Dir: Peter Segal
Starring Dave Bautista, Chloe Coleman, Kristen Schaal, Ken Jeong
4 STARS (out of 5)
My Spy is an interesting one. Trailers for this movie emerged a fair amount of time ago – long before COVID-19 even started emerging in public consciousness – and quite what happened in between remains a bit of a debate. However, in continuing lockdown conditions, this action comedy has made its way to the small screen in the form of an Amazon ‘original’ – though posters at my own local cinema suggested it was heading to full release not too long ago.
In any case, things have obviously changed since then – and it’s good to finally see this fun flick finally head to audiences. While it might not seem to be too much on the surface – it’s an extremely easy watch and is one of few films I can safely say I’d pick up at any point if struggling with cinematic inspiration. It’s certainly not going to challenge any of the great action films, but it’s a nice diversion.
My Spy (STX Entertainment)
JJ (Bautista) is a hardened CIA man who finds himself thrown into a safeguarding mission with geeky tech whiz Bobbi (Schaal), forced to keep a close eye on a mother and daughter at risk of being intercepted by some particularly nasty international baddies. However, the daughter in question, Sophie (Coleman) wises up to wire-tapping and cameras in her home, and nearly compromises JJ and Bobbi’s mission – that is, until JJ agrees to help Sophie at school and at the local ice rink. What transpires, of course, is a script which sees the characters growing closer, while the mission at stake gets ever more tense. How will it all end up?
You can probably guess. Let’s start by getting this out of the way – My Spy rides on a cliché and a script that’s pretty paint-by-numbers simple. This is a story which I’m sure I’ve seen in one form or another at least twice elsewhere, meaning that it’s hardly going to challenge many grey cells. However, where the movie bounces back, of course, is in the way that it tells the story.
My Spy benefits from decent pacing and a cast who genuinely seems to be getting into things – even if it’s not the most fascinating of material to work with. Bautista continues to prove that he is fast becoming the king of action comedy, with Stuber and his work as Drax in the MCU helping to cement his name in this regard in recent years. He seems to be the go-to-guy if you need someone a bit thick around the emotions as well as the muscles, with hair-trigger impulsivity to boot.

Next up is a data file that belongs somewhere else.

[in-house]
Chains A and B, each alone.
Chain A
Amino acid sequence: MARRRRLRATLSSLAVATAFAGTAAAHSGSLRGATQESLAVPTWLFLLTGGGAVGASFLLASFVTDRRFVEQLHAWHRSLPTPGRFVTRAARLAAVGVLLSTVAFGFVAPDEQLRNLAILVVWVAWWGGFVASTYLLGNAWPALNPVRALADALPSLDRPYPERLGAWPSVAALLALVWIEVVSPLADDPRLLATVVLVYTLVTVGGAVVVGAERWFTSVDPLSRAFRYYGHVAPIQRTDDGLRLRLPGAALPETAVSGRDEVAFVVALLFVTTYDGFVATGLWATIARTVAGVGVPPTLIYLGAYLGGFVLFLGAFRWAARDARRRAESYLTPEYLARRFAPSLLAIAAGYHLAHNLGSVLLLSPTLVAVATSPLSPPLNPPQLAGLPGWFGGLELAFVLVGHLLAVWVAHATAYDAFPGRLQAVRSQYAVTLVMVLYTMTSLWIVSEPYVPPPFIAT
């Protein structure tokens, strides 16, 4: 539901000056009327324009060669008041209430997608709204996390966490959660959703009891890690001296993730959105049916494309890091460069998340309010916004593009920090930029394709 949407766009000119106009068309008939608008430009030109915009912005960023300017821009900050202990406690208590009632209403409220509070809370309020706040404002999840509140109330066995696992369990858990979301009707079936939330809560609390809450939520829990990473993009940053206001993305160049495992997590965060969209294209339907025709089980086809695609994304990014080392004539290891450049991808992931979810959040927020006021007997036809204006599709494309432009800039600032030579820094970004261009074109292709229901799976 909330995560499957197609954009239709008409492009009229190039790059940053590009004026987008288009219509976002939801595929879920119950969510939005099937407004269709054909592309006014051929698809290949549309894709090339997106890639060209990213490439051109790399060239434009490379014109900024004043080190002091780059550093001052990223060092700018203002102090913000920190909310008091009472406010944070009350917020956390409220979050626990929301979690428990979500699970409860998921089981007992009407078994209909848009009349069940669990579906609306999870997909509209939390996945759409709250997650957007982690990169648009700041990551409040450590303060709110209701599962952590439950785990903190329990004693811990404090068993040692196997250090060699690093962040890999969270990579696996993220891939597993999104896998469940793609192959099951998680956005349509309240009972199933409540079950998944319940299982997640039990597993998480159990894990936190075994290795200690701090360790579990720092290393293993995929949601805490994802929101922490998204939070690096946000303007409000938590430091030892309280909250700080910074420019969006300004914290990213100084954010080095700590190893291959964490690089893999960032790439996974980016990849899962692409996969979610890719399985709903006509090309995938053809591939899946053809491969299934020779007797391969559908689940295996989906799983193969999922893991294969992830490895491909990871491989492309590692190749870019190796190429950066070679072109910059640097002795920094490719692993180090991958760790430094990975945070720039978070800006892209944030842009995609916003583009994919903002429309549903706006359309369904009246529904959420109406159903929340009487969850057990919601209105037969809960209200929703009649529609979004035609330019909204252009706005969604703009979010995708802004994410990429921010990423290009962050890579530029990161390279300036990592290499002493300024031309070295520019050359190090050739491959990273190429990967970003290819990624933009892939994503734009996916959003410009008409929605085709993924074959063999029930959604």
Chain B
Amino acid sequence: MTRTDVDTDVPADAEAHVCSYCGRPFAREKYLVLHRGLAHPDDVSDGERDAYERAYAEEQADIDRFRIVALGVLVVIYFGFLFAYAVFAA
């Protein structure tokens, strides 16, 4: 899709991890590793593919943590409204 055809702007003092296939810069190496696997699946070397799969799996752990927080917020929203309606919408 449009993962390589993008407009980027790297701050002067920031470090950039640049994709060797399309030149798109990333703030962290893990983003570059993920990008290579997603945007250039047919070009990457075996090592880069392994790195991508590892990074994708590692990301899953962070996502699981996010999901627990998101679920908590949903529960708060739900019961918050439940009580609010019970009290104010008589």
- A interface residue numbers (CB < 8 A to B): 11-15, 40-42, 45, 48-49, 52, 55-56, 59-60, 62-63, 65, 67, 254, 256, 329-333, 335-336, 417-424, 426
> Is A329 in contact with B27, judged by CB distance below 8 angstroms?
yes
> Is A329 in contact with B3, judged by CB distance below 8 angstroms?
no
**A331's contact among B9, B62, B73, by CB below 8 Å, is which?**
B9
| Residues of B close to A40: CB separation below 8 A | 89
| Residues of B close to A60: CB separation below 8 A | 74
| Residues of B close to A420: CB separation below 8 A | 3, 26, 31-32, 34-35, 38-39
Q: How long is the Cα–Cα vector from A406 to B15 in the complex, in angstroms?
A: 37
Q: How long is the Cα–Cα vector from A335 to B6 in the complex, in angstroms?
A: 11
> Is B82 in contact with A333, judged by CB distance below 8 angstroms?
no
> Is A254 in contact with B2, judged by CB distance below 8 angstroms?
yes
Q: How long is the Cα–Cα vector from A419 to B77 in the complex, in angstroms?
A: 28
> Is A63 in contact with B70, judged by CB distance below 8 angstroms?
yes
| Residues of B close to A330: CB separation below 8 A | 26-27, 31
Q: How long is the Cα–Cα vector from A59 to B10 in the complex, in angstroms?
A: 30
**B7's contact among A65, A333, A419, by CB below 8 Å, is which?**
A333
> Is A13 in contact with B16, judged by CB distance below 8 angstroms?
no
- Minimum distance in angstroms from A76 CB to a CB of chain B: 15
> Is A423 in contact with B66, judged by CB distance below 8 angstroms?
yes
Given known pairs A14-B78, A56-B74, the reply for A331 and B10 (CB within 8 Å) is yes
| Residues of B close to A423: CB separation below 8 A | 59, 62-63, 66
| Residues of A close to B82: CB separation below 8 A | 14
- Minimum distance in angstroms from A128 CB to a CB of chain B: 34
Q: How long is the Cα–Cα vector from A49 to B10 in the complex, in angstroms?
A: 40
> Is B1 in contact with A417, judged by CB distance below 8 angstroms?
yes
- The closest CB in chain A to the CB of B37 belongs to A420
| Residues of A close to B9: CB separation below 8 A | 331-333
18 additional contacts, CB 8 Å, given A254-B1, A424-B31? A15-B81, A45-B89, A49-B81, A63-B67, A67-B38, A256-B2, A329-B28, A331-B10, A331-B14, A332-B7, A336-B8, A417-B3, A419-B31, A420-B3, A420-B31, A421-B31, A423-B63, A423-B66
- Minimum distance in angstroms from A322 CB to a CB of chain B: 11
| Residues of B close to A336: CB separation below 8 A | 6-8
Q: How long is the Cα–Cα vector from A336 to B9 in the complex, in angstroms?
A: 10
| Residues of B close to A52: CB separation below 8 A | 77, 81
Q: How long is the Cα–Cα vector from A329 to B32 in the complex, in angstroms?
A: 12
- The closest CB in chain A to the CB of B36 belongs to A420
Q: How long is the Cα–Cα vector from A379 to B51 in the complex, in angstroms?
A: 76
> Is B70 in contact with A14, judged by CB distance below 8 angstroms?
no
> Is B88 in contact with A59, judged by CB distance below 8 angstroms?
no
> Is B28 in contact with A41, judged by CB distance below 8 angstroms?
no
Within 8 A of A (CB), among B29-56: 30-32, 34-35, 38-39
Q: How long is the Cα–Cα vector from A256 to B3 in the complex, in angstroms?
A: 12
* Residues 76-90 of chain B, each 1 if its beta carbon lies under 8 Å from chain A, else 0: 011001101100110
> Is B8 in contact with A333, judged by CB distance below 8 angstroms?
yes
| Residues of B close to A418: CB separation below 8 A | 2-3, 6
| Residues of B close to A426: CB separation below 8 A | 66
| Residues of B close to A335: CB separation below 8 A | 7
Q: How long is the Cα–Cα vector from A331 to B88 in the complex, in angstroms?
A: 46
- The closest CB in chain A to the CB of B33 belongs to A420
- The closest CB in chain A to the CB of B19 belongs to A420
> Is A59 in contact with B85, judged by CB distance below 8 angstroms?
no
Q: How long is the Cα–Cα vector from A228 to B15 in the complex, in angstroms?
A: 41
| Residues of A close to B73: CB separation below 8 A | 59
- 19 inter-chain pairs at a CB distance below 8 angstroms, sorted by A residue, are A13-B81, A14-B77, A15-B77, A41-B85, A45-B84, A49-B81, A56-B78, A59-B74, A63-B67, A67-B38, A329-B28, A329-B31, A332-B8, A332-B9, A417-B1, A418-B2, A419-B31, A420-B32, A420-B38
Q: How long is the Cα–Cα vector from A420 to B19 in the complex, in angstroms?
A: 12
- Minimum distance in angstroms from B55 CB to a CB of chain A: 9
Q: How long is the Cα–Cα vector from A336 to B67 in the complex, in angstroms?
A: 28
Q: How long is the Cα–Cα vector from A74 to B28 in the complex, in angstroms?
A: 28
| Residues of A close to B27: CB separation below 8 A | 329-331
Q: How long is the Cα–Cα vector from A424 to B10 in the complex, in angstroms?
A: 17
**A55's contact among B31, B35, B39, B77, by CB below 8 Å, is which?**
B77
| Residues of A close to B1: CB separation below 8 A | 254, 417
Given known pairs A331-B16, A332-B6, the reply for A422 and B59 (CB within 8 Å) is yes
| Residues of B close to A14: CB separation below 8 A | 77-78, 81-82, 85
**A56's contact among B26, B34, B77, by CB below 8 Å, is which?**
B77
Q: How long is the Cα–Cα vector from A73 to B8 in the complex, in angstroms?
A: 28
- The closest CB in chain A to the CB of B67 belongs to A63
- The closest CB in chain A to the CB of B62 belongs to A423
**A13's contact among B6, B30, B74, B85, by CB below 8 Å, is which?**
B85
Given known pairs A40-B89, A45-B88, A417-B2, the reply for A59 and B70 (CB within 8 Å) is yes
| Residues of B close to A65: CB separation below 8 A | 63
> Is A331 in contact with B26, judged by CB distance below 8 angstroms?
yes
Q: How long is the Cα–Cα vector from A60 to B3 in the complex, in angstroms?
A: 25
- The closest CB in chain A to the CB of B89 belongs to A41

The script, on the whole, might not be original, but it is at least funny. I do think, again, it’s comparable to Stuber in this regard. My Spy is likely to get buried thanks to its sheer appearance as a daffy comedy with a concept that you or I could come up with. However, the pacing, and the sense of fun that propels the script, are enough to keep your eyes on the screen – while the cast, largely, keeps you invested.
My Spy’s strengths lie in the fact that, for the most part, it plays it safe. It doesn’t try any jokes or moments which are too daring or too desperate. It seems to know when to make a joke, and when to make a joke work. There are far too many movies out there – let’s say, The Happytime Murders – which spend an inordinate amount of time desperate for you to love it, to laugh at every second frame. Yes – My Spy is likely to appeal tepid to some people who consider themselves comedy connoisseurs, but the jokes here are well-crafted, and even better, they are well-timed. Bautista is fast becoming one of my favourite comic actors in this regard – and I do hope he continues to find work in this vein. I’m perfectly fine with other WWE stars such as Dwayne Johnson taking on the charismatic meathead roles – and John Cena raking on characters who are well-built, but definitely awkward.
Ok – I’m done lauding Bautista at this point – but the movie does revolve around him. My Spy is a film I will choose to watch again without much decision-making – though it’s likely to not be the centre of many people’s movie nights. This is a pretty sad fact, but with a little more originality and a little more risk – taken in a calculated manner – it could have struck out for that extra .5 rating.
As it stands, My Spy is certainly better than other critics are telling you it is, though just don’t expect it to bring any kind of big changes to the way you see comedic cinema. There are much better movies out there – but My Spy does what it sets out to do, and it’s successfully funny along with it.